The Fairbank Center for Chinese Studies (费正清中国研究中心)at Harvard University is a post-graduate research center promoting the study of modern and contemporary China from a social science perspective.

Today, every school at Harvard engages with China through research, exchanges, students, and alumni. Consequently, the Fairbank Center is no longer Harvard’s sole source of expertise on China, but our interdisciplinary approach to Chinese Studies and unrivaled faculty expertise ensure the Center’s adaptability and invaluable position as a partner for China-related research across the university.

By training many of America’s China specialists, Harvard’s Fairbank had and continues to have a profound impact on American understanding of China.

“Harvard University’s John King Fairbank is considered the father of China studies in America. Fairbank devoted over half a century to research and expanding the field. His own scholarship had a profound impact on the field and his students populate history and East Asian studies departments throughout the country. ” Said Christopher Alesevich.

“In part because he was so influential, Fairbank at times was a controversial figure. He straddled the line at which West meets East, being at once an exemplar of American culture and scholar of Chinese civilization. Fairbank first visited China in one era and last visited in another; he was simultaneously a student seeking knowledge and a teacher dispensing it; he was a hands-off facilitator and a groundbreaking leader; and, as an avowed humanist, he was criticized at different times of being sympathetic to communism and imperialism.”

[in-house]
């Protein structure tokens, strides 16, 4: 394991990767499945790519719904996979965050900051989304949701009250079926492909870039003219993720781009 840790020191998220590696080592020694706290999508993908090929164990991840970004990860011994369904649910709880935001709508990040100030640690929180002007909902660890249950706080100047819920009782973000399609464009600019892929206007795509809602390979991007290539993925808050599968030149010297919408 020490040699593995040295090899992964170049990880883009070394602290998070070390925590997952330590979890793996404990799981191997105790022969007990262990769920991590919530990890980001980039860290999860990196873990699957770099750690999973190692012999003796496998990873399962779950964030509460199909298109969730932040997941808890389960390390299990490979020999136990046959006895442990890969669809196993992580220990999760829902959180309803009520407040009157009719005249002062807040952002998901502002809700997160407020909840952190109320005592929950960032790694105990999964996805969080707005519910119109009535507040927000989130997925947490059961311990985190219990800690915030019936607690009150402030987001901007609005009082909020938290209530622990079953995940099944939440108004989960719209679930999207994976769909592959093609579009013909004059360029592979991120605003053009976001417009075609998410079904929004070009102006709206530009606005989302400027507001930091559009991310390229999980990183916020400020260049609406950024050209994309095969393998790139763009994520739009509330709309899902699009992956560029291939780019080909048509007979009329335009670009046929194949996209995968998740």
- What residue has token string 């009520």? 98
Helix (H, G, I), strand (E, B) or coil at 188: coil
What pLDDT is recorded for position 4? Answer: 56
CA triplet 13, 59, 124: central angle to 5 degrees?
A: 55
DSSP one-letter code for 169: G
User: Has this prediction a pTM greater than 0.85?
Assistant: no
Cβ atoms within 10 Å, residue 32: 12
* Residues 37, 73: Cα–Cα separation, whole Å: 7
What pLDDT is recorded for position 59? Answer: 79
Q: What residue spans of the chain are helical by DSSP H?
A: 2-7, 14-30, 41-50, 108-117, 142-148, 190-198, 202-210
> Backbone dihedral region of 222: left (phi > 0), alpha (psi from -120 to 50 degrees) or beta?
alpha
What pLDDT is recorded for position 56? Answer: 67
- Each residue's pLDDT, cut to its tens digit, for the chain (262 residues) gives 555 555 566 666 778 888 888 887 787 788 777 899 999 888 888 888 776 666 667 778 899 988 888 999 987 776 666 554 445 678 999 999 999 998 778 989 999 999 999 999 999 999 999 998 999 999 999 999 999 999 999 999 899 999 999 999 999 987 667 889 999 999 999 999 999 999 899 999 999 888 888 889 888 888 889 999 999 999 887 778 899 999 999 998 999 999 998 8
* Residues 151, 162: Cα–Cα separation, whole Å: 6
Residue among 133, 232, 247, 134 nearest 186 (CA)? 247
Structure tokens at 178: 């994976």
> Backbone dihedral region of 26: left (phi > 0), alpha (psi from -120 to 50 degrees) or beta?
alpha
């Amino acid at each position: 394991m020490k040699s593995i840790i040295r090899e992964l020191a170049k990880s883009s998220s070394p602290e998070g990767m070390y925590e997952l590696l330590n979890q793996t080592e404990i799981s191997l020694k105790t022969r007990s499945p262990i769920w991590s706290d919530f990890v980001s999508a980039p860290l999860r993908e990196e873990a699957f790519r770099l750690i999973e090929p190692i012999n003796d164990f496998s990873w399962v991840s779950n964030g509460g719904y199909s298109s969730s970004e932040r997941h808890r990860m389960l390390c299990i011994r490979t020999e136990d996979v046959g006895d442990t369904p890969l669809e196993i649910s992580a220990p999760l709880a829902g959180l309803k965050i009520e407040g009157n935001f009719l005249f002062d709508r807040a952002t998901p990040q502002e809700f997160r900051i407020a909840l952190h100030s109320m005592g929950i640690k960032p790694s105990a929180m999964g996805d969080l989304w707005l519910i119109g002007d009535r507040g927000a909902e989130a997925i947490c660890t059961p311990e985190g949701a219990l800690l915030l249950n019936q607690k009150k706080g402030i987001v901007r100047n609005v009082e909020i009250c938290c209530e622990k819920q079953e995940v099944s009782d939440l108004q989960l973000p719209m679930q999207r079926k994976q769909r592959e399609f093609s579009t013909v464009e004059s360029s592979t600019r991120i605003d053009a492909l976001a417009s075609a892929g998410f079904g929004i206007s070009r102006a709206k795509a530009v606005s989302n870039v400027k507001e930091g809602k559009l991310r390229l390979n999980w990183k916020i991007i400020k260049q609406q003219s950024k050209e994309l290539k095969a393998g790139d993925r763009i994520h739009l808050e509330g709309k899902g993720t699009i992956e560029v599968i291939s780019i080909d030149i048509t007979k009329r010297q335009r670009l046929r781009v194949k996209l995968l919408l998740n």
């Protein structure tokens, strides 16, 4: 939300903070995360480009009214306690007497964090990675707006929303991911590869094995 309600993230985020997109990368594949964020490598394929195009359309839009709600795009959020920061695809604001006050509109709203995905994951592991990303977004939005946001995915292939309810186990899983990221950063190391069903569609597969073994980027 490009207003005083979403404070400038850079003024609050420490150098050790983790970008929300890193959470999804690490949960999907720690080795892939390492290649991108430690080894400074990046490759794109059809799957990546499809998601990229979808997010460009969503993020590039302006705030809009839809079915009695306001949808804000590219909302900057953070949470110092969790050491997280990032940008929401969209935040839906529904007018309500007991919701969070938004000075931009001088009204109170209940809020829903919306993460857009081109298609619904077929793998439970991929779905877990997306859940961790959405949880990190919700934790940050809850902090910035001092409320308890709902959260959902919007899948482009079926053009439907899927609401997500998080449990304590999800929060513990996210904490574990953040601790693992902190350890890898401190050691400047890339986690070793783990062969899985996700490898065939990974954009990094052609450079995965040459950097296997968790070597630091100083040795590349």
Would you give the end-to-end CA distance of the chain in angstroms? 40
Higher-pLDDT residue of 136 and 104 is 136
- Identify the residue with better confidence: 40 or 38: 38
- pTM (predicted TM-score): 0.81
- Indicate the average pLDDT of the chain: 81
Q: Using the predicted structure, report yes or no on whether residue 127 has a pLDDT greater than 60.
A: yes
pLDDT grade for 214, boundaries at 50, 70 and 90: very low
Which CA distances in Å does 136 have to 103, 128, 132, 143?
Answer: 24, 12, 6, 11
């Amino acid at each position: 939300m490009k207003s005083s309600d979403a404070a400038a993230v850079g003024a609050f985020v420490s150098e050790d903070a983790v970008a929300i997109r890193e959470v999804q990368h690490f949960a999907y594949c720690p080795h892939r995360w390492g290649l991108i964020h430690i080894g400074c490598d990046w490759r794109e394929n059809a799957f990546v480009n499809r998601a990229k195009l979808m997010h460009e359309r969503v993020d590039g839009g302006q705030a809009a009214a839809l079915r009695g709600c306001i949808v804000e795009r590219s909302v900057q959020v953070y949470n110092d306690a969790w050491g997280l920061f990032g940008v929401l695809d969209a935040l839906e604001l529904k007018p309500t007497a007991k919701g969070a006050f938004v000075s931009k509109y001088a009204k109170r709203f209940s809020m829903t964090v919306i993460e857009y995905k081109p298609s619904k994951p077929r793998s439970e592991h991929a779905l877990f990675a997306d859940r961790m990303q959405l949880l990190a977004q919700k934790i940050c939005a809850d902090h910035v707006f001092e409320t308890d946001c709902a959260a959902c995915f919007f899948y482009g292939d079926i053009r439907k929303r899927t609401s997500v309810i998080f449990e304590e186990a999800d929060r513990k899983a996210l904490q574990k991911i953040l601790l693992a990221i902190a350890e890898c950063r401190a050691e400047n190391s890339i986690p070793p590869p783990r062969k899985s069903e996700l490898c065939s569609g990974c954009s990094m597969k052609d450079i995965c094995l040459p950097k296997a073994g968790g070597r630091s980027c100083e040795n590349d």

The Harvard–Yenching Institute(哈佛燕京学社) is an independent foundation dedicated to advancing higher education in Asia in the humanities and social sciences, with special attention to the study of Asian culture. It traditionally had close ties to Harvard University and the now-defunct Yenching University, and its offices are located on the Harvard campus in Cambridge, Massachusetts, but it is not part of Harvard.

The Harvard–Yenching Institute (HYI) was founded in 1928 with funding provided solely from the estate of Charles Martin Hall, the inventor of a process for refining aluminum and the founder of the Aluminum Company of America (ALCOA). Although the Institute has close ties with Harvard University, it is a legally and fiscally independent public charitable trust.

To date over 1000 faculty from Asia have received Institute fellowships and over 300 doctoral students have received their degrees with Institute support. In addition to providing fellowships, the Institute supports publications through Harvard’s Monograph Series as well as overseas publications in Chinese and Vietnamese, conferences, workshops and training programs.

Weatherhead East Asian Institute

Columbia University began its commitment to educate Americans about East Asia more than 100 years ago. In 1960, the East Asian National Resource Center was established with a mission to advance the quality and dissemination of knowledge about East Asia, to train experts on East Asia with the highest levels of language proficiency, to promote interdisciplinary collaborations on and with the region, and to provide local and national educational outreach.

Today the Center’s 98 full-time faculty in over 25 schools and departments offer more than 500 disciplinary and language courses a year on the region. Students may pursue undergraduate, masters, and doctoral study in more than 10 disciplinary departments or a joint professional school/East Asian studies degree program. The Center offers classroom instruction through fifth-year Chinese, Japanese, and Korean, advanced modern and classical Tibetan, and intermediate Indonesian and Vietnamese.

 

 

 

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